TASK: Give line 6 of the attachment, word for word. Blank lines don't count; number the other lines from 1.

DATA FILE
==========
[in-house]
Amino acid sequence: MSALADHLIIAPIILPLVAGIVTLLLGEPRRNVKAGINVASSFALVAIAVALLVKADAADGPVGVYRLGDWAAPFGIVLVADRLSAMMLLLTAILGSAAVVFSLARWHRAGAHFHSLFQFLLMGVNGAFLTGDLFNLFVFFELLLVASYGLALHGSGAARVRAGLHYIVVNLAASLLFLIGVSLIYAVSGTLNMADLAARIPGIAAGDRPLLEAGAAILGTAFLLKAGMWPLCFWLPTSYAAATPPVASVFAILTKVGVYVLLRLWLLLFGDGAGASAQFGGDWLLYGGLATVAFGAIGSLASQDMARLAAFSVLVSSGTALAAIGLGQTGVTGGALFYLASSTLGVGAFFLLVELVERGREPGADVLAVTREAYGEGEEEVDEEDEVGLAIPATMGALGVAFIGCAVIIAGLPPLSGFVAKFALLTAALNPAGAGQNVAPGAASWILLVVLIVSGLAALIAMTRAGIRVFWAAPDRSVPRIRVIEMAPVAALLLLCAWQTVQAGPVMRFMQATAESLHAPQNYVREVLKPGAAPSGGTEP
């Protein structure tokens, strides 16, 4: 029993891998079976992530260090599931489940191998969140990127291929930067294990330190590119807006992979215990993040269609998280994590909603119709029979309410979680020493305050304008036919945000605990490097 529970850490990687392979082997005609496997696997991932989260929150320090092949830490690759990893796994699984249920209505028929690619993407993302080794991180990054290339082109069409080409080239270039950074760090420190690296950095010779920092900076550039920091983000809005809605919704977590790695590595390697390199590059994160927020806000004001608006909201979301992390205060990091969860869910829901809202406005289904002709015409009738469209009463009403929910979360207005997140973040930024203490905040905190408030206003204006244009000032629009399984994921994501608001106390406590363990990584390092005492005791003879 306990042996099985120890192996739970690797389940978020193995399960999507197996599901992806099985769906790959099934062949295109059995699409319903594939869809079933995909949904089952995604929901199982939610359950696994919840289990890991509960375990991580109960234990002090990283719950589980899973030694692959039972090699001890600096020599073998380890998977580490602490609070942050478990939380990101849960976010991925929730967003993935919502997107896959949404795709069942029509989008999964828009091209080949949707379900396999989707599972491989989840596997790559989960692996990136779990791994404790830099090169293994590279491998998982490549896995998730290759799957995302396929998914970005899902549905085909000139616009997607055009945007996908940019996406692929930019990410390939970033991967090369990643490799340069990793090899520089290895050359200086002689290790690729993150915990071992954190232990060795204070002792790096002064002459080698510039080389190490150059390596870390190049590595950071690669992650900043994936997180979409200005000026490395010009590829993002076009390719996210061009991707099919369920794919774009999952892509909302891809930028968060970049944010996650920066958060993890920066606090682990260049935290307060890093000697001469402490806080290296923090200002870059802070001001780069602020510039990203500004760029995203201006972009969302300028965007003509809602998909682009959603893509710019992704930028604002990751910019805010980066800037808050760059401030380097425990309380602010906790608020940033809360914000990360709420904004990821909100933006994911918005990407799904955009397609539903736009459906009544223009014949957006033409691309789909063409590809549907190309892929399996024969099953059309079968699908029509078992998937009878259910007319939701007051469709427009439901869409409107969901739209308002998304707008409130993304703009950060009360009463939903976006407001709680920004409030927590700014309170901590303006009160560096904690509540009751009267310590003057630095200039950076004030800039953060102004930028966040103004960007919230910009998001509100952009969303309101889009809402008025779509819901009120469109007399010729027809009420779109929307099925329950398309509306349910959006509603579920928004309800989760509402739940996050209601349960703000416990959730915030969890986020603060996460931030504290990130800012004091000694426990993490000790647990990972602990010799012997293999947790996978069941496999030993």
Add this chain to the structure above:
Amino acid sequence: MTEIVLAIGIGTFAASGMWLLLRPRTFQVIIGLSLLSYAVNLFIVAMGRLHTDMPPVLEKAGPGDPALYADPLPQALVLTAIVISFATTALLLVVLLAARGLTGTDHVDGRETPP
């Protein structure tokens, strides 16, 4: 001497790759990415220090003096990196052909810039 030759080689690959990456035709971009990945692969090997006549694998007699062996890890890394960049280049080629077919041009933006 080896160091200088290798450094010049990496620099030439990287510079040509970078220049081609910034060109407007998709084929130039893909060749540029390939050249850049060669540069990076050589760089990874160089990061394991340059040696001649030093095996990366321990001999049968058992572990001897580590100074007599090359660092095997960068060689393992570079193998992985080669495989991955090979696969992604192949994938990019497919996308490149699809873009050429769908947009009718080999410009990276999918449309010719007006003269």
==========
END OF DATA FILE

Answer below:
């Protein structure tokens, strides 16, 4: 001497790759990415220090003096990196052909810039 030759080689690959990456035709971009990945692969090997006549694998007699062996890890890394960049280049080629077919041009933006 080896160091200088290798450094010049990496620099030439990287510079040509970078220049081609910034060109407007998709084929130039893909060749540029390939050249850049060669540069990076050589760089990874160089990061394991340059040696001649030093095996990366321990001999049968058992572990001897580590100074007599090359660092095997960068060689393992570079193998992985080669495989991955090979696969992604192949994938990019497919996308490149699809873009050429769908947009009718080999410009990276999918449309010719007006003269």